Museum of Arts and Design
Oct. 12, 2011 – Jan. 15, 2012
Lest we forget that, as Tom Wolfe so eloquently put it once, this is the “museum formerly known as craft,” the place is putting on a mammoth exhibition devoted to craft, specifically to the relationship between it and design after WWII. This is a fascinating proposal because while craft slowly became a four-letter word during that period, design became uber-fashionable, to the point where, today, it sells to the same crowd that buys Damien Hirst and Jeff Koons, and constantly prompts questions like, “Is it design, or is it art?” But forget the concept. Go for the pieces. The show, which is organized by MAD curators Jeannine Falino and Jennifer Scanlan, who are continuing a series of exhibitions presented at the museum in the 1990s, includes stunning pieces by George Nakashima, Isamu Noguchi and many, many others.
De Kooning: A Retrospective
Museum of Modern Art
Sept. 18-Jan. 9.
On the heels of its show of Abstract Expressionism, MoMA has turned its full attention to Willem de Kooning, a central figure in that group of artists. In many ways, de Kooning and his cohorts planted the seeds of the New York art world as we know it today. (Warhol would put the finishing touches on it, but that is another story.) And so the show will be important to MoMA’s base audience not just for the paintings, but for what the painter represented. De Kooning was an artist’s artist; a painter’s painter. Go for the scary and brilliant series of “Women”; stay for the gorgeous late paintings, with their shimmering hues. (For more on the show, read an interview with its curator, John Elderfield, in the culture pages of this week’s Observer.)
Maurizio Cattelan: All
Nov. 4, 2011-Jan. 22, 2012
The pope felled by a meteorite. A squirrel that committed suicide. A horse with its head stuck in the wall. A pair of upside-down policemen. Twinned miniature self-portraits in miniature coffins. Maurizio Cattelan’s artworks have been playing pranks on the art world since he began making them some 20 years ago. The Italian’s work has only been seen piecemeal in New York, so this will be an opportunity to figure out when he’s joking, and when he’s being serious. Be careful: he is almost always doing both at the same time.
MoMA P.S. 1
Sept. 11, 2011–Jan. 9, 2012
It takes a certain amount of audacity to call your art exhibition simply “September 11,” without any of the usual embellishments encouraging remembrance and forbidding forgetting, and it is probably to P.S. 1’s advantage that its relatively new chief curator Peter Eleey, who is responsible for this exhibition, was willing to cut to the chase. Well, not quite. In fact, his title’s a bit sly. What you won’t see here are any images of the attacks themselves. Nor will you see any art made directly in response to them, save for a long Ellsworth Kelly. What does that leave us with? There are more than 70 works by 41 artists and many of them were actually made prior to 9/11. What Mr. Eleey appears to be up to is creating a portrait of the cultural moment in which certain horrific events took place, and he defines that cultural moment broadly: there is, for instance, William Eggleston’s haunting photograph of what could be either soda or Scotch sitting in a beam of sunlight on an airplane food tray, from a portfolio dating to 1965-1974. The show has an intriguing roster of artists ranging from Diane Arbus to John Chamberlain to Bruce Conner to Thomas Demand, Jane Freilicher, Thomas Hirschhorn, Alex Katz, James Turrell and many more. Yoko Ono and John Lennon are also on the bill.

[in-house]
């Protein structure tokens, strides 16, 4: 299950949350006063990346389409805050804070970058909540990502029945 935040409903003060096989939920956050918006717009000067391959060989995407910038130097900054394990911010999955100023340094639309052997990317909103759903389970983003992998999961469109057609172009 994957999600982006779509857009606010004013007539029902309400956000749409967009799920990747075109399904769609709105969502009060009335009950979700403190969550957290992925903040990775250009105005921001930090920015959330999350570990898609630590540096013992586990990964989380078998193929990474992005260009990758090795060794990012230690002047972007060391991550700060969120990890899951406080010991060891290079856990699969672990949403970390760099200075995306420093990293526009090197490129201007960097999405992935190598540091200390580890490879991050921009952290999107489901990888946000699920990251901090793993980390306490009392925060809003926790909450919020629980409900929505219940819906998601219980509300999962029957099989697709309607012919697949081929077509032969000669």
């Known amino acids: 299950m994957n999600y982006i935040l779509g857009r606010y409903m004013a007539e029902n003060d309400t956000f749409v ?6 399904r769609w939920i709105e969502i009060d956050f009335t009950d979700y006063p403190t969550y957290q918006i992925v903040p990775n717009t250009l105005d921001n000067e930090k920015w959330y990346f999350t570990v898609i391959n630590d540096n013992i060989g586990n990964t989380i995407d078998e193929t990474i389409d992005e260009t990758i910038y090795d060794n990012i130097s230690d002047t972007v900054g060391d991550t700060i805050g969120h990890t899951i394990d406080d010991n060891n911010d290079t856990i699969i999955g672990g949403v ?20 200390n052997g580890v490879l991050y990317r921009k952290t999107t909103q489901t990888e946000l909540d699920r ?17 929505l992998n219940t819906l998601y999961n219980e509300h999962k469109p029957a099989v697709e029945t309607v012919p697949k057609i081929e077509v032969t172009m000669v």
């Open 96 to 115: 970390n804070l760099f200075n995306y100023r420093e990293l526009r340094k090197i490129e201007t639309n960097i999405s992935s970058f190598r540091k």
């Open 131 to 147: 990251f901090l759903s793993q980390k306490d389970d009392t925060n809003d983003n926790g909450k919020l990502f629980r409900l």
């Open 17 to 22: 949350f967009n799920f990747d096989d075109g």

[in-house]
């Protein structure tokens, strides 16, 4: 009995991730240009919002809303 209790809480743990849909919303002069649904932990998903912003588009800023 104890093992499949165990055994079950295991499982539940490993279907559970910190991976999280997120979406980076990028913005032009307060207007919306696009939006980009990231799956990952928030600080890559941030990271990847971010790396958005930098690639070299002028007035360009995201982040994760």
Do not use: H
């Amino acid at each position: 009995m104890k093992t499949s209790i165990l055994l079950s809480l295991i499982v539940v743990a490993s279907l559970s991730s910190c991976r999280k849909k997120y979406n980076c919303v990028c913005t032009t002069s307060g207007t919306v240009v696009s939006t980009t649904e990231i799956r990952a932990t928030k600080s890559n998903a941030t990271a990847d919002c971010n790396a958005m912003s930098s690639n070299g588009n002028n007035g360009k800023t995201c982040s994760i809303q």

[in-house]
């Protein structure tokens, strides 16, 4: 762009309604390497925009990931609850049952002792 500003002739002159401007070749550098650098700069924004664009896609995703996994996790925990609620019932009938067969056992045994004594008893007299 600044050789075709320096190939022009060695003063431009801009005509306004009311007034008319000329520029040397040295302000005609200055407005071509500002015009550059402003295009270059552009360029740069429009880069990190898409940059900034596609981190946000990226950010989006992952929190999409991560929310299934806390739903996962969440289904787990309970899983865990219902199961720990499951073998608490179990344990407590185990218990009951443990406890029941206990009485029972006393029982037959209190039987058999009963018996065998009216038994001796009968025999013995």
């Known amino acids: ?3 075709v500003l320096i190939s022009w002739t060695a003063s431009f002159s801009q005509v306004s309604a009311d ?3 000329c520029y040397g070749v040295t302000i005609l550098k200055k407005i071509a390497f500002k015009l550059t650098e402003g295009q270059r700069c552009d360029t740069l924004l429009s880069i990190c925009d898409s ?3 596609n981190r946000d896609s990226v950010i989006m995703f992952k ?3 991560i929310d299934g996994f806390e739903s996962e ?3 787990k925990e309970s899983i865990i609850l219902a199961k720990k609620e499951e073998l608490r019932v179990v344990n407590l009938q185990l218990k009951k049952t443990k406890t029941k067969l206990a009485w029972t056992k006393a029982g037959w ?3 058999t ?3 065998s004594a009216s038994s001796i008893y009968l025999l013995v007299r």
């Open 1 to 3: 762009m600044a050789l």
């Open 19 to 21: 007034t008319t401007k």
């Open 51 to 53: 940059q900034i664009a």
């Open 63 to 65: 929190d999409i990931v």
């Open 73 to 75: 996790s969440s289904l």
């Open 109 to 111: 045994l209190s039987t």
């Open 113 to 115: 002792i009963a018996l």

Picasso’s Drawings, 1890-1921: Reinventing Tradition at the Frick Collection
Oct. 4, 2011-Jan. 8, 2012
We hear a lot about Picasso these days, and, in a way, it has ever been thus. He is, after all, the quintessential modern master, modern art’s game changer. But what we mostly pay attention to are the paintings, and lately our eyes have been on them not least because they change hands for astounding sums. Currently holding the record for most expensive painting ever sold at auction is Nude, Green Leaves and Bust, which went for $106.5 million last year. His works on paper generally get short shrift, but they shouldn’t. There is nothing more fascinating than poring over an artist’s drawings, as there is no better way to see how the artist’s mind works, and what, precisely, gave birth to those beloved paintings. In other words, if you want to understand not simply that Picasso changed the art game but how he did so, make your way to the Frick this fall and see him, per the title, reinvent tradition in the crucial first decades of the 20th century. See him go from ambitious student to swashbuckling genius, and from classicism to Cubism and back to classicism again, at once breaking with tradition and cleaving to its bulwark.